Editor’s note: We love this story from Jonathan about cycling in Iran. Having spent three years biking solo around the world, his words really do this beautiful country justice. If you’re looking for your own Iranian cycling adventure, we recommend checking out Intrepid’s new 16-day trip. For more on Jonathan’s journey, check out his blog.
It was a typically hot July morning when I crossed the border from Armenia into Iran on my bicycle. I’d heard so many good things about cycle touring in the country but I was still nervous about my first foray into the Middle East. Iran never seemed to be on the news for anything other than bad reasons and I was unsure what awaited me in this desert land. A border guard with a thick moustache stamped me into the country and gave me a pat on the back. “Welcome to Iran!”
There are three roads to choose from at the border at Nordooz. One leads downstream towards Azerbaijan and the Caspian Sea. The other is a highway into the desert. The final route is a minor road that snakes up into the dusty mountains. It is the shortest way to the city of Tabriz but involves a big climb up and over the mountains on bumpy back country roads.
I headed for the latter. A sign pointed out onward directions but it was of little help to me. The town names were written in script I couldn’t decipher and the distances were marked in Arabic numbers, which I was yet to learn. I found my road fairly easily and within minutes the hustle-bustle of the border was out of sight and I was alone in the mountains.
The only ‘traffic jams’ to navigate were large flocks of sheep being led down the roads by shepherds. All day I sweated up hill under the burning sun until I reached the last village before the high mountain pass. I was already 2,000m above sea level and that was enough exercise for one day.
With a little sign language I asked some local guys for a place to put my tent. One of them, Ali, led me downhill and invited me to stay in his family’s home.
It was still Ramadan and the summer days were long. Despite my objections, Ali’s wife laid out food for me before darkness fell and I ate early with their daughter who was too young to fast. We all sat outside together after evening prayer and played charades over endless cups of tea. Mats were rolled out in the communal living room and we slept side by side in a room covered entirely in beautiful carpets.
It was a magical way to end my first day in the country but was by no means unusual. Everyday I was treated to the warmest hospitality in Iran. The next morning I conquered the mountain pass and soared down the far side into Tabriz.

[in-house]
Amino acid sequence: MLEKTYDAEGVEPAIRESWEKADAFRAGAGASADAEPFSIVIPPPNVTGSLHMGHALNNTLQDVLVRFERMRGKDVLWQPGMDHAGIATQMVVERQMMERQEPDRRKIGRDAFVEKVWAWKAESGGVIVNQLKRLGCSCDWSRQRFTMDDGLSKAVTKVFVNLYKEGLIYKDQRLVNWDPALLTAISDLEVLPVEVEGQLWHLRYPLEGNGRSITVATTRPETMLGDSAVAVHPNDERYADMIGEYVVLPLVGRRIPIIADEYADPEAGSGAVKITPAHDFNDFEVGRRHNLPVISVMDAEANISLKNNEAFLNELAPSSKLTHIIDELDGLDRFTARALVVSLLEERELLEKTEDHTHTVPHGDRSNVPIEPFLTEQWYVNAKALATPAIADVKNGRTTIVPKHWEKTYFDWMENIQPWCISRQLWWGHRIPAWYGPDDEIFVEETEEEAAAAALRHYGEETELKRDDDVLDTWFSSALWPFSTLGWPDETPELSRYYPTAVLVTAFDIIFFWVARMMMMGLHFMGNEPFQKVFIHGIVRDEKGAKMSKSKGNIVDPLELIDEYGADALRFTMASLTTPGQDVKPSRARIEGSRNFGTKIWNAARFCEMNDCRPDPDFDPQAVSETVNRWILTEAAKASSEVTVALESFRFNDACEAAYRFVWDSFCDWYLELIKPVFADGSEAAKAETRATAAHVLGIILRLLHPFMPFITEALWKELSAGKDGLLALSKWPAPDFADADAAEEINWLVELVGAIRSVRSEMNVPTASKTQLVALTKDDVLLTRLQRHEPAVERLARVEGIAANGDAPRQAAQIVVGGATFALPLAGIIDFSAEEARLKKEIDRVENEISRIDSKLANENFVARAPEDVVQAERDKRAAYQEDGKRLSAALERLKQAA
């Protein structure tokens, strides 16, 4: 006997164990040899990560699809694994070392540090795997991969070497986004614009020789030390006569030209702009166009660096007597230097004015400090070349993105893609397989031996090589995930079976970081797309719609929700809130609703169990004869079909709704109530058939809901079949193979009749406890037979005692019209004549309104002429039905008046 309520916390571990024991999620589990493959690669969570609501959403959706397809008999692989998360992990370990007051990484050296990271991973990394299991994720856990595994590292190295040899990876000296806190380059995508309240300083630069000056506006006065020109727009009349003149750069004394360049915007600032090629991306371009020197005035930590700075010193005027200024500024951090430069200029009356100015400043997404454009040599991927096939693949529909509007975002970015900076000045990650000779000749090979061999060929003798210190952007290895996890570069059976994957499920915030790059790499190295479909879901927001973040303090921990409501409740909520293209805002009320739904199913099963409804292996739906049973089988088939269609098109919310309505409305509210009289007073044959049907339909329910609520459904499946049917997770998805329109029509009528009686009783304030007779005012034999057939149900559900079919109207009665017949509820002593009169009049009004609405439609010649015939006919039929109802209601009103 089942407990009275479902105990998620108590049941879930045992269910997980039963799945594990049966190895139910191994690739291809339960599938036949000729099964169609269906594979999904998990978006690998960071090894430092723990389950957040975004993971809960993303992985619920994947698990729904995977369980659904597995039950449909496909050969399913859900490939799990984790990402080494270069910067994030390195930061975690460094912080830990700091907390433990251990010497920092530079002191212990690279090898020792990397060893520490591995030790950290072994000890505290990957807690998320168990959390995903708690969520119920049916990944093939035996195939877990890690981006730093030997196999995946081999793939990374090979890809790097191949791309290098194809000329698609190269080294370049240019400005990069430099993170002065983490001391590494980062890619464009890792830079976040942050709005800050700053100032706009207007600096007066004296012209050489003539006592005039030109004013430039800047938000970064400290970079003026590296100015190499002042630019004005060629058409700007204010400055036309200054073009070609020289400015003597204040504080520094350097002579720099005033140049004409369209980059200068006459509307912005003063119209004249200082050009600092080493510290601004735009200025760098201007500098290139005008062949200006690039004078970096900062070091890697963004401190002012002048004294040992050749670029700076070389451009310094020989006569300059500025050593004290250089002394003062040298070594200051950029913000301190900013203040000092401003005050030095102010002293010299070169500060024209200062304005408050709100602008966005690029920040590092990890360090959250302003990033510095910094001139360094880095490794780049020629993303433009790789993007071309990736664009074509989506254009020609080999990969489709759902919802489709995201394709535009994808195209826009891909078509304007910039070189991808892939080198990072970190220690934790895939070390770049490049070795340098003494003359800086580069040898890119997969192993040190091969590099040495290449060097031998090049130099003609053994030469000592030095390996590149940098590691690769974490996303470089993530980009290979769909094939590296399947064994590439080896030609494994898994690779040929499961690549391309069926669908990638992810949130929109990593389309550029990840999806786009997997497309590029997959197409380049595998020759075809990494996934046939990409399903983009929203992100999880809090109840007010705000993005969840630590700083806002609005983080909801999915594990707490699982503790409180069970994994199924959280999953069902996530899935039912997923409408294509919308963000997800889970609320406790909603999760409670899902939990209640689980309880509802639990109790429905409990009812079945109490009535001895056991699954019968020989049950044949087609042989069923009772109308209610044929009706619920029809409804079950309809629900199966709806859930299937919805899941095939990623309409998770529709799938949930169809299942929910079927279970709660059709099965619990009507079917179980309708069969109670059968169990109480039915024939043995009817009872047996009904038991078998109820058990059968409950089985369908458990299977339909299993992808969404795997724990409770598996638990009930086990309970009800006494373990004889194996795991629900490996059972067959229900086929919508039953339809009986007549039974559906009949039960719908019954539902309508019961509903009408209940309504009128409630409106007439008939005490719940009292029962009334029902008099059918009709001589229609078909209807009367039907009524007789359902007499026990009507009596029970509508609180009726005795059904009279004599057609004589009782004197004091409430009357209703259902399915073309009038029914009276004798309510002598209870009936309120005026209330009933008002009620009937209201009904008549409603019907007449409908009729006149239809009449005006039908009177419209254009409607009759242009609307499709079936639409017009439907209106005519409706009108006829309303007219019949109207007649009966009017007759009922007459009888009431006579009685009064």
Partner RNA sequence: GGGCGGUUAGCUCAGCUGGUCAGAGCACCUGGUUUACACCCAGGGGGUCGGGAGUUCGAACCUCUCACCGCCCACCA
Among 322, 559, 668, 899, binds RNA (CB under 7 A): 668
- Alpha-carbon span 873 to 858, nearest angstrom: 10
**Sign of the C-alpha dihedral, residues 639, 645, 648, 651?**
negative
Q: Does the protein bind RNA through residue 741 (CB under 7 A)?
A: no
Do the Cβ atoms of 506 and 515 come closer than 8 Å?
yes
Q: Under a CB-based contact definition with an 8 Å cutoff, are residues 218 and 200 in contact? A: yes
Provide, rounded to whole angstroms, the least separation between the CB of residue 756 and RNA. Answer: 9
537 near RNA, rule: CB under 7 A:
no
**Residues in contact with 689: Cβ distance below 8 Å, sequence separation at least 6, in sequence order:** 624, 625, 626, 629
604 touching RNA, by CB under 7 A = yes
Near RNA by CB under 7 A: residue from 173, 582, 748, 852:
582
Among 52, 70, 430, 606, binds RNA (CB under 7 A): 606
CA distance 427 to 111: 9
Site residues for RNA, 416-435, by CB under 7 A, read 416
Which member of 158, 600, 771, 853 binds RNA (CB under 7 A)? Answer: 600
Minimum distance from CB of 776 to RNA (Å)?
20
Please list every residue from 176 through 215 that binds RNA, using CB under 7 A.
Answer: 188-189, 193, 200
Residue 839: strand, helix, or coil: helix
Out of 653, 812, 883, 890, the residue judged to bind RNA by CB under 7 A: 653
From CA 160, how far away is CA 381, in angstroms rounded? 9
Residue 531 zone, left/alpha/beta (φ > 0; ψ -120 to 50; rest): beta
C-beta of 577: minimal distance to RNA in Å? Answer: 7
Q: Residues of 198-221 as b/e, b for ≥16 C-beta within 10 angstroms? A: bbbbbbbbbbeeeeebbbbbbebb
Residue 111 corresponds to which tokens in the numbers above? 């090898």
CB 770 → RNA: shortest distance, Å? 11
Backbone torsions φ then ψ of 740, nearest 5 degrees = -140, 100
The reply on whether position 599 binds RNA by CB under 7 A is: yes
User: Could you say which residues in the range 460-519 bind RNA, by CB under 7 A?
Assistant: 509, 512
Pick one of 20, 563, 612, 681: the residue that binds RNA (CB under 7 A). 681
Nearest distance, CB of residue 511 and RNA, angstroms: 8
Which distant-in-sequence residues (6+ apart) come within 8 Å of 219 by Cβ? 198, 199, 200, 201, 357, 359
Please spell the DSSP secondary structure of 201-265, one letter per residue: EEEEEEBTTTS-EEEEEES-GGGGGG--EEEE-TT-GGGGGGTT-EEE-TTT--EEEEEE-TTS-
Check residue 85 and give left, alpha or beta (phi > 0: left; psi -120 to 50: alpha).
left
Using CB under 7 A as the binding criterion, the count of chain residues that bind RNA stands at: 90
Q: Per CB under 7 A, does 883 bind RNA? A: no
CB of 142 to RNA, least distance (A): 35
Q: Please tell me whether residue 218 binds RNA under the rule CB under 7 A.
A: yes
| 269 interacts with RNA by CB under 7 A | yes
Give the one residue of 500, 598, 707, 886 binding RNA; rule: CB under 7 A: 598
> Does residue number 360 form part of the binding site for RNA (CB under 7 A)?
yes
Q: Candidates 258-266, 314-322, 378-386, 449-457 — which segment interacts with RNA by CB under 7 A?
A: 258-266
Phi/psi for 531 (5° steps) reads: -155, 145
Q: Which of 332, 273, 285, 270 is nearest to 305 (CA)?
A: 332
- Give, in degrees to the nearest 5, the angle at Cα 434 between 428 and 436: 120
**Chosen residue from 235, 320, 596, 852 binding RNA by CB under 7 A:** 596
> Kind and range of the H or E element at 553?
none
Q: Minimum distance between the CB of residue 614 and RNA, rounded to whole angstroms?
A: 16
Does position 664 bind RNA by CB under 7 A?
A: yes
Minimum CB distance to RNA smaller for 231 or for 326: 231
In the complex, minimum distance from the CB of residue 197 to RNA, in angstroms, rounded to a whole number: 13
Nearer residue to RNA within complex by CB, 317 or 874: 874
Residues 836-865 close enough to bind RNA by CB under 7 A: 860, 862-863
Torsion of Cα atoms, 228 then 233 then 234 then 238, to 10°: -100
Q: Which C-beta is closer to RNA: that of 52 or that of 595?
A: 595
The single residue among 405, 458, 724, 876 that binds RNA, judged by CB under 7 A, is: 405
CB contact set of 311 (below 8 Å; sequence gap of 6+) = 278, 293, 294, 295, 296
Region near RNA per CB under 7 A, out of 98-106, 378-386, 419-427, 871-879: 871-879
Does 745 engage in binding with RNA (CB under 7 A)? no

I knew my love affair with the country had begun.
I spent one month cycling across the north of Iran that summer. By the time I left into Turkmenistan, Iran had cemented itself as one of my favourite places to ride.
The beauty of bike touring is the opportunities it offers for engaging with people in the places to you travel, and what better a place to experience that than in Iran, where the people are some of the loveliest in the world. Every single day I was given food by strangers and I was regularly invited into homes by people who welcomed me into their lives. I don’t think any other country does hospitality quite like the Iranians.
I love cycling in the desert. I like the long and empty miles. I like riding into the sunrise and watching it drop behind my back in the afternoon. I like pitching my tent miles from anywhere and staying up to count shooting stars.
There is more to Iran than desert, however. As I cycled east the Alborz mountains loomed to my left, where there are dozens of peaks higher than 4,000m. I was amazed to discover there’s decent skiing up there and I found it hard to believe that I’d just missed the season as I plastered myself in factor 50 sun cream at the bottom of my hills.
Over on the on the other side of those mountains are the flashy resort towns lining the Caspian Sea; to the east there are vasts deserts stretching towards Afghanistan.
Cycling into an Iranian city is a perilous task but once you’ve got your bearings in the urban sprawl they are wonderful places to explore. In Ramadan the days are quiet but after dark the towns become alive. Families fill the streets under bright neon lights, eating kebab for dinner and rose-flavoured ice cream for dessert.
After Eid al-Fitr, the highlights of my day were cycling into the morning markets to load up on fruit for the ride. I suspect the highlight of the vendors’ day was serving a sunburnt Englishman wheeling a peculiar bicycle through the busy aisles. I’d fill a bag up of peaches, nectarines and cherries before heading back into the desert.
At the edges of towns, watermelon vendors would set up shop and sell giant melons for as little 5p a kilo. I often wondered if I could handle the extra weight of a huge watermelon on my bike but there was no point buying a whole one as the sellers would always flag me down and hand me slices for free.
There are plenty of famous architectural masterpieces dotted around Iran, from Esfahan’s Shah Square to the Nasir al-Mulk mosque in Shiraz. Visiting the Imam Reza Holy Shrine in Mashhad was one of the most beautiful places of worship I have ever seen.
But what made Iran a remarkable place to go cycling was not the ornate mosques, the rocky mountains or the empty desert. It was the people I got to meet and talk to as I slowly pedalled through dusty villages and hectic towns.
It’s just that special.
Tempted to embark on the adventure of a lifetime? Check out Intrepid’s new 16-day ‘Cycle Iran’ trip.
(All images c/o Jonathan KB.)